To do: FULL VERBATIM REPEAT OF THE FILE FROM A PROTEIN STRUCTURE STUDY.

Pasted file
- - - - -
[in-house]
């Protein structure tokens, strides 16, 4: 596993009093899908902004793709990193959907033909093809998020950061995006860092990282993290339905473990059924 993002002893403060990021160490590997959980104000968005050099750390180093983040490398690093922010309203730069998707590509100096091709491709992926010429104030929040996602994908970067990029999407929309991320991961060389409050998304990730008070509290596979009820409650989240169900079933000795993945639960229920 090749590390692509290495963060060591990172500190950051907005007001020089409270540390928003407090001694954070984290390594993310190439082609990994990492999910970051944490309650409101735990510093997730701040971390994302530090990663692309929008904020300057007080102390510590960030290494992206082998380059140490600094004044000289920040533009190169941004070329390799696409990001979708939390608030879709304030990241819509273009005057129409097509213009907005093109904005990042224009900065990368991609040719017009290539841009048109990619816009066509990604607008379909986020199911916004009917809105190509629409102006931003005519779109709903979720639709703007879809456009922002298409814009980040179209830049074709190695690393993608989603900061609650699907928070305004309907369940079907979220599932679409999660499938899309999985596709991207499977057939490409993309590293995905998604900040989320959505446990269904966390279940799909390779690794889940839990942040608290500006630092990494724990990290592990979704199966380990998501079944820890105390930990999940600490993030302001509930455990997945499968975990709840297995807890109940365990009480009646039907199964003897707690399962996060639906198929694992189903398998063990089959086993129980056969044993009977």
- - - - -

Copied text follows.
[in-house]
């Protein structure tokens, strides 16, 4: 596993009093899908902004793709990193959907033909093809998020950061995006860092990282993290339905473990059924 993002002893403060990021160490590997959980104000968005050099750390180093983040490398690093922010309203730069998707590509100096091709491709992926010429104030929040996602994908970067990029999407929309991320991961060389409050998304990730008070509290596979009820409650989240169900079933000795993945639960229920 090749590390692509290495963060060591990172500190950051907005007001020089409270540390928003407090001694954070984290390594993310190439082609990994990492999910970051944490309650409101735990510093997730701040971390994302530090990663692309929008904020300057007080102390510590960030290494992206082998380059140490600094004044000289920040533009190169941004070329390799696409990001979708939390608030879709304030990241819509273009005057129409097509213009907005093109904005990042224009900065990368991609040719017009290539841009048109990619816009066509990604607008379909986020199911916004009917809105190509629409102006931003005519779109709903979720639709703007879809456009922002298409814009980040179209830049074709190695690393993608989603900061609650699907928070305004309907369940079907979220599932679409999660499938899309999985596709991207499977057939490409993309590293995905998604900040989320959505446990269904966390279940799909390779690794889940839990942040608290500006630092990494724990990290592990979704199966380990998501079944820890105390930990999940600490993030302001509930455990997945499968975990709840297995807890109940365990009480009646039907199964003897707690399962996060639906198929694992189903398998063990089959086993129980056969044993009977």